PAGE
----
Myocarditis

Overview

What is myocarditis?

Myocarditis is an inflammation of your heart muscle (myocardium). This makes your heart weaker and makes it more difficult for your heart to pump. This rare condition can affect people quickly or slowly over time.

Myocarditis is different from other types of inflammation because each kind happens in a different part of your heart. Endocarditis affects the inner lining of your heart valves and chambers. Pericarditis affects the sac around your heart.

Rare types of myocarditis include:

  • Lymphocytic myocarditis.
  • Giant cell myocarditis.
  • Fulminant myocarditis.
  • Eosinophilic myocarditis.

Who is at risk for myocarditis?

Some of the things that put you at risk for myocarditis are beyond your control. You are more likely to get myocarditis if:

  • You are a young adult. However, all ages can get it.
  • You are male. But women can get it, too.
  • Your body doesn’t react well to inflammation. Although you don’t inherit myocarditis, your genes have an influence on how your body handles inflammation and how likely you are to get myocarditis.
  • You drink more alcohol than your healthcare provider recommends.

Some medical treatments increase your risk of myocarditis. These include:

  • Dialysis.
  • Implanted heart devices.
  • Radiation.
  • Treatments for heart problems.
  • Having a central venous line.

Having one of these medical problems can put you at a higher risk of getting myocarditis:

  • Diabetes.
  • HIV/AIDS.
  • Skin injuries or infections.
  • Cancer treated with certain medicines.
  • Eating disorders.
  • End-stage kidney disease.
  • Having a chest injury.

Symptoms and Causes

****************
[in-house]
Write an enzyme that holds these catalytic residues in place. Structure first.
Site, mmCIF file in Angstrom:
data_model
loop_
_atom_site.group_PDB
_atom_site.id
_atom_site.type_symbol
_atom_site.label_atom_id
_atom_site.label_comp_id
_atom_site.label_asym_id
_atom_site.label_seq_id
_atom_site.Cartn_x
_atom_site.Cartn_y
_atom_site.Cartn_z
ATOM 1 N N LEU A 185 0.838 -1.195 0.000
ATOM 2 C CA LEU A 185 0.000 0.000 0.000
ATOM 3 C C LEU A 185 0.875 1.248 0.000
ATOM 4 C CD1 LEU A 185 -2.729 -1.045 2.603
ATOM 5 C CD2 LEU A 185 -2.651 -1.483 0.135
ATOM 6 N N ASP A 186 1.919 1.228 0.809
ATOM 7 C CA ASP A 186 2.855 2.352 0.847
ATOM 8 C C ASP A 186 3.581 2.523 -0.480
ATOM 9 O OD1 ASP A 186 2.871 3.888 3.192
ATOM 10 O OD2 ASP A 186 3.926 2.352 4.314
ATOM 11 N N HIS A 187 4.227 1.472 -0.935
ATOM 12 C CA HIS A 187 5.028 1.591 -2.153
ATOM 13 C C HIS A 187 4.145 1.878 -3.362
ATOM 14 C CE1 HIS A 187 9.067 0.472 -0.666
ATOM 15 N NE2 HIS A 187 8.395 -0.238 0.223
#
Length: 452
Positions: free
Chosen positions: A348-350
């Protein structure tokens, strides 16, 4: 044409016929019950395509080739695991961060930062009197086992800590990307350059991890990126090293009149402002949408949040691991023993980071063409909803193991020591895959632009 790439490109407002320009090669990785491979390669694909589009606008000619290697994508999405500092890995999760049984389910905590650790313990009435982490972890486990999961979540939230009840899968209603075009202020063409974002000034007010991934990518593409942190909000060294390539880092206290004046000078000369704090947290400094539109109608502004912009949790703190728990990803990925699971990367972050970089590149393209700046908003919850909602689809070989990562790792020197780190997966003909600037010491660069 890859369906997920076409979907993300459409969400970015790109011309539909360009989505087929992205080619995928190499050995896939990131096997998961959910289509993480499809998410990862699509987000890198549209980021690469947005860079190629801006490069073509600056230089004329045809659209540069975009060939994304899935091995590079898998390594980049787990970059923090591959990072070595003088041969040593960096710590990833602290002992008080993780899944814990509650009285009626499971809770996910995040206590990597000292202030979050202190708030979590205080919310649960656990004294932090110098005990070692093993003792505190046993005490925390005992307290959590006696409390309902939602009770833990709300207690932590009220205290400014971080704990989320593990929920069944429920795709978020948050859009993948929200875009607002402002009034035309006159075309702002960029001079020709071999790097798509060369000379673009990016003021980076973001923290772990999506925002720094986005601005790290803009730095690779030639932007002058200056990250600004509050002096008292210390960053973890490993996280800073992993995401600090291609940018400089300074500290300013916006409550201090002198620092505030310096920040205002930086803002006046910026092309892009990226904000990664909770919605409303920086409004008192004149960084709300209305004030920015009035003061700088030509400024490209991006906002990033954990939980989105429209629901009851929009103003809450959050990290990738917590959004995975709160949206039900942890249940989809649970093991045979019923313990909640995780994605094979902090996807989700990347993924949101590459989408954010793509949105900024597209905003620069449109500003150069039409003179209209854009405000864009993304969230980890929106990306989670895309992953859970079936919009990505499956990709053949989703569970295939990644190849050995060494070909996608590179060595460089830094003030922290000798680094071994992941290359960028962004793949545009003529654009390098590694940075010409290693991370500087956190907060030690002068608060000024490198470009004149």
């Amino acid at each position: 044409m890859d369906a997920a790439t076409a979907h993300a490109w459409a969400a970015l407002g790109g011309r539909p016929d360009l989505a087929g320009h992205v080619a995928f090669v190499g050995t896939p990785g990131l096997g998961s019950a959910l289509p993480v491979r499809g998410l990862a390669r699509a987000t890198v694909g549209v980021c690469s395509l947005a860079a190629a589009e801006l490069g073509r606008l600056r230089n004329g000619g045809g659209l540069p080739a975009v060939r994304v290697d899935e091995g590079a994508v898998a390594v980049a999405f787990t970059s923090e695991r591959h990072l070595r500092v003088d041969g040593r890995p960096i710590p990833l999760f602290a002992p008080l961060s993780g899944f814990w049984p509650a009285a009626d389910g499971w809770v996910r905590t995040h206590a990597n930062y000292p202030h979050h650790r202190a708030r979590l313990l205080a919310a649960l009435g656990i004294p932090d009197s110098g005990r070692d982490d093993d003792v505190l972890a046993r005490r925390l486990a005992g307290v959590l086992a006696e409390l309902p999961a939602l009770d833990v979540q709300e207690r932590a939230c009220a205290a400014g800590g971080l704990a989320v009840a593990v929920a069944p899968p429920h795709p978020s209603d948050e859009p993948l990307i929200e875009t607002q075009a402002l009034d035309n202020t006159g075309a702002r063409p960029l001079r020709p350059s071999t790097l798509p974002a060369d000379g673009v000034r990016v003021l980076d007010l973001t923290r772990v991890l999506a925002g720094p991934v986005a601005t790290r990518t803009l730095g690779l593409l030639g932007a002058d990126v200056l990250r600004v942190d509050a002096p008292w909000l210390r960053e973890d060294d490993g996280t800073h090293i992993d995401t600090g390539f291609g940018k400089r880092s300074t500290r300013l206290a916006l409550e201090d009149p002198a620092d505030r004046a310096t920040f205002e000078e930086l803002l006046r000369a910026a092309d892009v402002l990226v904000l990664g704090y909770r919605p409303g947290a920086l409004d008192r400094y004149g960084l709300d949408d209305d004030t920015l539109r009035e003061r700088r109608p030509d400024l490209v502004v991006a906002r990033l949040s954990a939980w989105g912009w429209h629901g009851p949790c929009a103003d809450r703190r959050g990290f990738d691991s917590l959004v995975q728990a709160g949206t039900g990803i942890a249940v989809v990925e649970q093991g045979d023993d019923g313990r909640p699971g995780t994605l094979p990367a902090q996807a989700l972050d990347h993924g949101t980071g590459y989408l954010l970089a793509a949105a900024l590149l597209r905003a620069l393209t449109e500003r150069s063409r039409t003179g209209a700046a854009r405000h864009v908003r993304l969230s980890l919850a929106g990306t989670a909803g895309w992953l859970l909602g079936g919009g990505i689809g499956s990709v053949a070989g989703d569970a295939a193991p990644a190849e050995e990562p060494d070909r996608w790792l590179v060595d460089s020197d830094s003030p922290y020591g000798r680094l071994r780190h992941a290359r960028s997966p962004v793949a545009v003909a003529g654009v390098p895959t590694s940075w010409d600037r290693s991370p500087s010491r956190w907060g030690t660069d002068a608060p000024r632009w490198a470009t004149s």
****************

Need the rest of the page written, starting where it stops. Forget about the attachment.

What causes myocarditis?

Many times, the cause of myocarditis is unknown. Most often, the cause is a viral infection. These include:

Other causes of myocarditis include:

Side effects from some medicines can bring about myocarditis. These medicines include:

  • Medicines for the heart.
  • Antidepressants.
  • Medicines for seizures.
  • Antibiotics.
  • Medicines for weight loss.
  • Diuretics.
  • Benzodiazepines.
  • Medicines for psychiatric problems.

In rare cases, myocarditis has happened in young people who received the Pfizer-BioNTech or Moderna vaccines for COVID-19. Most felt better soon after treatment. The CDC considers COVID-19 a greater risk than the risk of vaccine side effects. They recommend the vaccines for young people.

What are the symptoms of myocarditis?

You may have no symptoms, few symptoms or many symptoms, and they may be more severe in some people than in others. Symptoms include:

Diagnosis and Tests

How is myocarditis diagnosed?

Your healthcare provider will use the following to diagnose myocarditis:

  • Physical exam.
  • Medical history.
  • Tests.

What tests will be done to diagnose myocarditis?

Your healthcare provider may order tests to help them decide if you have myocarditis or something else.

These tests include:

Management and Treatment

Does myocarditis go away?

If you have a mild case, it may go away on its own. If not, your provider can order medicines for you.

What is the treatment for myocarditis?